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Mar 4 2024

Reporting benefits in kind to HMRC

As a business, if you provide benefits and/or expenses it’s important to keep in mind that they will be subject to tax. Therefore, at the end of the tax year, you will have to report your benefit in kind to HMRC to ensure you pay the right amount of tax and National Insurance on them. In this guide, we’ll be discussing everything you need to know about reporting benefits in kind to HMRC, as there are different rules for what you need to report based on the type of expense or benefit you provide.


Firstly, what are benefits in kind?

A benefit in kind can be anything that benefits employees other than their wages, bonuses, or anything that is monetary based. They can form part of a rewards package for employees and offer significant value to both businesses and staff. Common examples of benefits in kind include:

  • Private medical insurance
  • Workplace pension
  • Death-in-service benefit
  • Share options
  • Company car
  • Childcare vouchers
  • Cycle-to-work schemes
  • Voucher and discount schemes
  • Gym membership
  • Subsidised or free meals
  • Employee counselling services

As well as being subject to tax on the business, some benefits can have a tax charge on the employee too. It’s important to know which benefits are taxable and which are tax-free and to check that your employees are happy to pay tax to have a specific benefit.


Reporting and paying

You can report benefits in kind to HMRC either through your payroll or online at the end of the tax year. Furthermore, you are required to declare the amount of Class 1A National Insurance due on all benefits and expenses you’ve provided and settle any remaining balances you may owe. Each benefit is calculated differently, so you will need to confirm the amount you owe. For ‘small’ costs, you could make a single payment, referred to as a PAYE Settlement Agreement.

Paying benefits in kind through your payroll

By reporting benefits in kind via your payroll software, you can distribute the tax payment over the year instead of submitting it in a lump sum at the close of the tax year. However, even if you pay your benefits in kind through payroll, you will still be required to report the Class 1A National Insurance you owe by submitting the online form P11D(b).

However, employers should note that they only have to worry about submitting P11D’s until April 2026, as this is when the new rules around mandatory payrolling will kick in. The aim of HMRC is to reduce the amount of administrative work businesses and by extension accountants have to do in payrolling benefits in kind.

Reporting benefits in kind at the end of the tax year

If you don’t pay your benefits in kind via payrolling, you should fill in an online form known as a P11D and submit it to HMRC at the end of the tax year. The form should be completed for every employee that you have provided benefits to, where these benefits have not been payrolled. Again, you will still have to submit the P11D(b) form to report Class 1A National Insurance you owe.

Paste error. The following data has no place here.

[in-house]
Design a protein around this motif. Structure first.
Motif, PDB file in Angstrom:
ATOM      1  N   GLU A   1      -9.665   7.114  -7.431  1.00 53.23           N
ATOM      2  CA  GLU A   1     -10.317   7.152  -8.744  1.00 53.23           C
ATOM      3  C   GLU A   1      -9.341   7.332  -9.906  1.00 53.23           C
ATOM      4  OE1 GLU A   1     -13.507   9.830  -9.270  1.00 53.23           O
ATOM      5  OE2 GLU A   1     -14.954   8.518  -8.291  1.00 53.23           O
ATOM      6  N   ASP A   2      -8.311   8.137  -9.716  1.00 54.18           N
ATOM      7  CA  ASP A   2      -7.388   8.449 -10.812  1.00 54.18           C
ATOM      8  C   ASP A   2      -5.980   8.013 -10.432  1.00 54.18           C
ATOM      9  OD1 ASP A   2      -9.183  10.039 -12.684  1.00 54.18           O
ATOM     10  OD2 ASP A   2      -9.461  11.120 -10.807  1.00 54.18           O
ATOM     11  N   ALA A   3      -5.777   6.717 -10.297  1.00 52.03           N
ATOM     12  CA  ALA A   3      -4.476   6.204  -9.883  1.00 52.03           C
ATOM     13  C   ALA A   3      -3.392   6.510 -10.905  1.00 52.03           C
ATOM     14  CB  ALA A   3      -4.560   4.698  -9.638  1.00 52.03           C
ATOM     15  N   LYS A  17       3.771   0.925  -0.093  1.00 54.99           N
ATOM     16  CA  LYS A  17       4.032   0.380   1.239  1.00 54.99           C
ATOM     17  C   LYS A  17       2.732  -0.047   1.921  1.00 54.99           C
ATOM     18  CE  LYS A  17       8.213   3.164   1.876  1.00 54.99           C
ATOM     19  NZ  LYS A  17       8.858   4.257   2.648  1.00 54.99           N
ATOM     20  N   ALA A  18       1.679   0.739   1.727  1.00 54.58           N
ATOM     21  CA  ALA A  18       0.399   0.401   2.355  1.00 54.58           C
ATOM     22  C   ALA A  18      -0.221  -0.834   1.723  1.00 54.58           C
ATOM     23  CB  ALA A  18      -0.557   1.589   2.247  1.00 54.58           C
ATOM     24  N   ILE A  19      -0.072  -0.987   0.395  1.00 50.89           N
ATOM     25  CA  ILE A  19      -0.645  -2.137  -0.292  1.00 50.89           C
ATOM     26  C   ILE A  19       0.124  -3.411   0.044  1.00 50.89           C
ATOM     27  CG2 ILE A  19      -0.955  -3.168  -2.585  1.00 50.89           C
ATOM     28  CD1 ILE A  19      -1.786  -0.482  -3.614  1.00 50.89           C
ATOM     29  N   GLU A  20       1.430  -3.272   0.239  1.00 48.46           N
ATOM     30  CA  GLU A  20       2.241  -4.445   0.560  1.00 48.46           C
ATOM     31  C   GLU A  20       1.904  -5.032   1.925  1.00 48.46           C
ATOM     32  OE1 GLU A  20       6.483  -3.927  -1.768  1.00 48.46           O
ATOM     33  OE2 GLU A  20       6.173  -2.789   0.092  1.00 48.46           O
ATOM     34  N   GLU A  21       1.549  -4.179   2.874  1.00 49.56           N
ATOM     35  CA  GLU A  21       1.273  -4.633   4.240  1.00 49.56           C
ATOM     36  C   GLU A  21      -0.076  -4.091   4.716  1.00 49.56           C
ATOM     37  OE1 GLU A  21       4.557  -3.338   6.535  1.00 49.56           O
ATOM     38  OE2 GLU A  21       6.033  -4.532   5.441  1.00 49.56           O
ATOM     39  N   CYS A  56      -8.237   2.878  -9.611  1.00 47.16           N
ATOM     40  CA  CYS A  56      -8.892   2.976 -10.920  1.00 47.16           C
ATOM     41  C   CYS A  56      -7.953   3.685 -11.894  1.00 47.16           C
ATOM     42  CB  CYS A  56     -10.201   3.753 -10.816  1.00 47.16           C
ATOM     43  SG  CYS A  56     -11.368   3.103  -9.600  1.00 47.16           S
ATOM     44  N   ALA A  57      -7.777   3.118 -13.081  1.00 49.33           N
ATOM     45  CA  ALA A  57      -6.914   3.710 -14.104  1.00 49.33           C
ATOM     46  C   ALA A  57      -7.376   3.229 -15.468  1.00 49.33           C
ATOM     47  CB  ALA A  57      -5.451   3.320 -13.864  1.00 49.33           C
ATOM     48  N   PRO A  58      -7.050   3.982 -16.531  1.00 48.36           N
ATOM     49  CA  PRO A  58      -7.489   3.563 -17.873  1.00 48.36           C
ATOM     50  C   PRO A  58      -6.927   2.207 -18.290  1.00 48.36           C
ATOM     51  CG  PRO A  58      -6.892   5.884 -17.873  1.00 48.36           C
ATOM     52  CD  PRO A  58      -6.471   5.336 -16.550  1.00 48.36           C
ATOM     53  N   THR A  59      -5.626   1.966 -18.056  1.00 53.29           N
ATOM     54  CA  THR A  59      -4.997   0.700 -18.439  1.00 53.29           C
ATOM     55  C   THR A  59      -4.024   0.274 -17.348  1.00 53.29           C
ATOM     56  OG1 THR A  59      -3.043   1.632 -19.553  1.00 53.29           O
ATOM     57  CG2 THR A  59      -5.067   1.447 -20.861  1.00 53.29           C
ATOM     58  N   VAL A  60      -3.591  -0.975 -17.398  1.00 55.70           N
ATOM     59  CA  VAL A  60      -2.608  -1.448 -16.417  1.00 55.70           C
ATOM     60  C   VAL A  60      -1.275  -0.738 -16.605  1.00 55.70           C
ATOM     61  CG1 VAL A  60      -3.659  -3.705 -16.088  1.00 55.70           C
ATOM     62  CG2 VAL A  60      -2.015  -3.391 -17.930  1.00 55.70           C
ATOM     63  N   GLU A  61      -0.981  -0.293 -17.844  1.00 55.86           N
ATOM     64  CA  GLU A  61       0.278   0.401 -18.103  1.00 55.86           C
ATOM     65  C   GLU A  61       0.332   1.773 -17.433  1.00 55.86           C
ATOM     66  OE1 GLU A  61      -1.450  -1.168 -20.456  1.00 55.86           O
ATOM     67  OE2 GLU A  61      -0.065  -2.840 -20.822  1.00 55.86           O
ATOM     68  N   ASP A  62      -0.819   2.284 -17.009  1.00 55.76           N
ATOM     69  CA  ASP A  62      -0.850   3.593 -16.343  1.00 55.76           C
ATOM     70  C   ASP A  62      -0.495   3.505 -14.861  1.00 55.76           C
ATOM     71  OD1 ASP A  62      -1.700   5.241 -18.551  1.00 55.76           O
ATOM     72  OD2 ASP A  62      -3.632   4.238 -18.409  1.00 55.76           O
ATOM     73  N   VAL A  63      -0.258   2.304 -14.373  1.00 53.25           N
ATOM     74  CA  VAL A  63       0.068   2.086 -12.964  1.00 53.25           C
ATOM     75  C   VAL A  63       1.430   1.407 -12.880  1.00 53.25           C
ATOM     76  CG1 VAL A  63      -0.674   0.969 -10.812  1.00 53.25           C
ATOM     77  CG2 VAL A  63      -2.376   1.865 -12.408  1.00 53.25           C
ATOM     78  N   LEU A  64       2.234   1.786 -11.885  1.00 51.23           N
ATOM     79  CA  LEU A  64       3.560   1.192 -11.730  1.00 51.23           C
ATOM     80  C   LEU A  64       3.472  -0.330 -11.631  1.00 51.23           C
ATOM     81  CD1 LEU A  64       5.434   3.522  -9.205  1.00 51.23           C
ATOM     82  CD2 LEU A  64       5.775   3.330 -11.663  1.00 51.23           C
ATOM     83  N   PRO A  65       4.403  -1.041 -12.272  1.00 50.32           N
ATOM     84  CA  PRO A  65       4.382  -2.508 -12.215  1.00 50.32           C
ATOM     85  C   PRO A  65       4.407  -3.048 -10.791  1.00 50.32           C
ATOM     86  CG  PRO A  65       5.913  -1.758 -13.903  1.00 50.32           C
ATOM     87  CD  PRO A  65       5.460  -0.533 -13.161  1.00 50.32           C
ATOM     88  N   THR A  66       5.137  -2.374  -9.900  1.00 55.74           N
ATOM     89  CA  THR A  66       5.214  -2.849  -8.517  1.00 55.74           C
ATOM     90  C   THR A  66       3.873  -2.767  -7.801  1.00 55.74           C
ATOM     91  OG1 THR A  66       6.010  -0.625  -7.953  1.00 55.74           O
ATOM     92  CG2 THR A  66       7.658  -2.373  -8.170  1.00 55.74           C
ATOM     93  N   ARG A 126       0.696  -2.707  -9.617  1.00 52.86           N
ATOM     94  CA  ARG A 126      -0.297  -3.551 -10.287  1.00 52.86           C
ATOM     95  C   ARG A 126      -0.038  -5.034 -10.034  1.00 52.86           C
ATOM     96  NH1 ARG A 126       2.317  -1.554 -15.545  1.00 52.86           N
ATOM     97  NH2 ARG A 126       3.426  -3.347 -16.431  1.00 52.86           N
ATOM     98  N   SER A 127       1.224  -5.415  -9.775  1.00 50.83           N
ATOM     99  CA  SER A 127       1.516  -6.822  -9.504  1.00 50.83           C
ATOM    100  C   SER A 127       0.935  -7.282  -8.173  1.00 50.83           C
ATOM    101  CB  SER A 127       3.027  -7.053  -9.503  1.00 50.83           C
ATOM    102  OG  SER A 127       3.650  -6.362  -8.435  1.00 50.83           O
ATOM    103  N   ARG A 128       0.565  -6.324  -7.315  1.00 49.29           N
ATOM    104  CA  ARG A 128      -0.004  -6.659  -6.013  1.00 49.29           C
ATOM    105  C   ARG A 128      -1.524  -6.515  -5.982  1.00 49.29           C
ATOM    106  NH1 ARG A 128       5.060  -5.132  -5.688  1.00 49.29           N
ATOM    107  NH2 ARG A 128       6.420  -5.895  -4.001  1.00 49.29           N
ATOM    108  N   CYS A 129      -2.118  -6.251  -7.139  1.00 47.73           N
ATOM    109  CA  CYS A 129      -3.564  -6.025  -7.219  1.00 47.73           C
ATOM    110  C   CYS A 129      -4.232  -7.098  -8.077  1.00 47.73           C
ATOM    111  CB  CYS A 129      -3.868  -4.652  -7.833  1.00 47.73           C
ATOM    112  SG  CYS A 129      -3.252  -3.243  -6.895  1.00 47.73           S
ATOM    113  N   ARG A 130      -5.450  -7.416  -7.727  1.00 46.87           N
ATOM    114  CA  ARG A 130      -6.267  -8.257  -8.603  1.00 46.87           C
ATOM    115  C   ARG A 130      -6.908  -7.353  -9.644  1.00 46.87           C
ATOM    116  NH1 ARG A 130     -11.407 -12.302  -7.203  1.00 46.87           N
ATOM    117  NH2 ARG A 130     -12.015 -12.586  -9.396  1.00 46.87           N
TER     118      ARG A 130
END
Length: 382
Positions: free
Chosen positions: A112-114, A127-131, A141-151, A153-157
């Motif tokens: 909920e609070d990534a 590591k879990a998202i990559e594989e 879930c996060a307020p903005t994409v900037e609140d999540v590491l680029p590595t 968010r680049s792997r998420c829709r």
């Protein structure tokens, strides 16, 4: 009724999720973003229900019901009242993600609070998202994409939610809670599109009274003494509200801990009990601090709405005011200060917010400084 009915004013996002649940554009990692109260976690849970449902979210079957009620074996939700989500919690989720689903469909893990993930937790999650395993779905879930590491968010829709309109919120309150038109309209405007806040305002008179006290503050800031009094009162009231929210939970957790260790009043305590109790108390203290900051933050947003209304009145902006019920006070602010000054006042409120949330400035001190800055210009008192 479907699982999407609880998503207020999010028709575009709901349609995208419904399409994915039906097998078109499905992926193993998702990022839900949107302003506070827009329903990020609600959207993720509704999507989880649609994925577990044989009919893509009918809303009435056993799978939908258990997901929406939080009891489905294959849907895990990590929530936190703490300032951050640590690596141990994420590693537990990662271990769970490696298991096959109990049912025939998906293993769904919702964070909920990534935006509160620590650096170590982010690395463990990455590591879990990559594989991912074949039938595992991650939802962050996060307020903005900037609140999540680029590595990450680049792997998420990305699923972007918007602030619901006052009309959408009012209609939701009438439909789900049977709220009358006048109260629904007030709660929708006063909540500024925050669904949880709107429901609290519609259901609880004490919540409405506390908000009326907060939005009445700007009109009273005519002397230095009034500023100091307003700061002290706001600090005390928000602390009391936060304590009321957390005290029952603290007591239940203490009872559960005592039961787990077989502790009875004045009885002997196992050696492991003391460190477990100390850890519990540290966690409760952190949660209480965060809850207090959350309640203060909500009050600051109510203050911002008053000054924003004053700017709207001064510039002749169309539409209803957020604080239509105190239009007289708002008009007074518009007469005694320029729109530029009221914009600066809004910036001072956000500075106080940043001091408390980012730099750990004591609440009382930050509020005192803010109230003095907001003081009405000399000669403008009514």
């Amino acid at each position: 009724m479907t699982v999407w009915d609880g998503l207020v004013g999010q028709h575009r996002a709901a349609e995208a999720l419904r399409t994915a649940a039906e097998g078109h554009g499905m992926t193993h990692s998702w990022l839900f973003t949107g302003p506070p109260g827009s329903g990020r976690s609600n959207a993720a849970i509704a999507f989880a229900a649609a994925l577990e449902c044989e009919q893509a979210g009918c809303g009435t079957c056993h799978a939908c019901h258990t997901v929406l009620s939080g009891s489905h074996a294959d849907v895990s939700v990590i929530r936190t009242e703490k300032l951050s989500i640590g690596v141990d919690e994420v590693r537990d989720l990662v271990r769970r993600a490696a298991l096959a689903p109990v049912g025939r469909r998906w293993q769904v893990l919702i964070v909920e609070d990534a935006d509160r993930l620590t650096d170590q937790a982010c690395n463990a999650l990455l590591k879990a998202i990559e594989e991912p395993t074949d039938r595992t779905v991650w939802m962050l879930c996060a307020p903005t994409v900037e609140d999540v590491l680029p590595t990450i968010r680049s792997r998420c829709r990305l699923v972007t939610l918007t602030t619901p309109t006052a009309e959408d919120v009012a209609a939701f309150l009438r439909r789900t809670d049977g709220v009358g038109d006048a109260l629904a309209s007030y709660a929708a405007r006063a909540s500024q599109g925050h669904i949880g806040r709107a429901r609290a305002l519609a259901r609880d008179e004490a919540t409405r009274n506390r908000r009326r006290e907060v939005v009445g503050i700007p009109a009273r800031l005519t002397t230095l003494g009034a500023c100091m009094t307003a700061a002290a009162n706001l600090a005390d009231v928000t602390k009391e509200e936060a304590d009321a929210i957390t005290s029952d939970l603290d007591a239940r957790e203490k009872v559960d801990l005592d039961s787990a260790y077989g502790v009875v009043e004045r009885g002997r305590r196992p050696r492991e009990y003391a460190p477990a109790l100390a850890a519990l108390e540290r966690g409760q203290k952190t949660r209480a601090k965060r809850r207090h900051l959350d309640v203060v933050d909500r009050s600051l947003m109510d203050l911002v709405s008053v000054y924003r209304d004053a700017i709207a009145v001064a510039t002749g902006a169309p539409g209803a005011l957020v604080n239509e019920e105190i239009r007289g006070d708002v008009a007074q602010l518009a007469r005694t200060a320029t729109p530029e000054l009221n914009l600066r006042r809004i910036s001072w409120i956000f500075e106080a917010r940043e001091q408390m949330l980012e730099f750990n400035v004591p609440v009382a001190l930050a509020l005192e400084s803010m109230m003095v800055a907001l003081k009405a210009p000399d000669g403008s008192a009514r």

If your company employs fewer than 500 people, the necessary paperwork can be completed and submitted via HMRC’s PAYE Online portal. If your business has more than 500 employees, the forms should be completed and submitted through your payroll software. As specialist accountants for small business, the team at Jan McDermott Chartered Accountants can help make sure you benefit in kind are reported efficiently and accurately.


What should be included on a P11D form?

As mentioned above, what you have to report on will vary depending on the type of benefit you provide. For example, if you have a company car, you will need to report on the fuel provided to employees as part of a salary sacrifice agreement. Salary sacrifice is when an employee agrees to reduce their gross salary so that they can have the benefit. In this case you might need to pay National Insurance on the calculated value of the benefit.

It’s essential to maintain records of all benefits or expenses you provide to your employees, including relevant dates and receipts related to that benefit. This verifies that the figures you are reporting to HMRC are accurate. Records should be kept for three years from the end of the tax year they relate to. The benefits you must include on a P11D form include:

  • Travel allowances
  • Vouchers
  • Living accommodation
  • Discounted goods or services
  • Low cost loans
  • Professional fees and subscriptions
  • Devices (such as phones) that are available for personal use
  • Training fees

Certain benefits like the employer contributions to a workplace pension do not have to be included on the P11D form. Your accountant can advise on reporting your benefits in kind, many businesses opt to payroll benefits and expenses to make the process more efficient for them.



Hopefully this guide has given you a greater understanding of benefits in kind and how to pay them. The team at Jan McDermott Chartered Accountants are experienced chartered accountants in Wirral, supporting businesses with all their accounting needs. If you’re looking for a reliable, professional, and friendly accountant we can help. Contact us today to book a free consultation and learn more about how our services can benefit you and your business.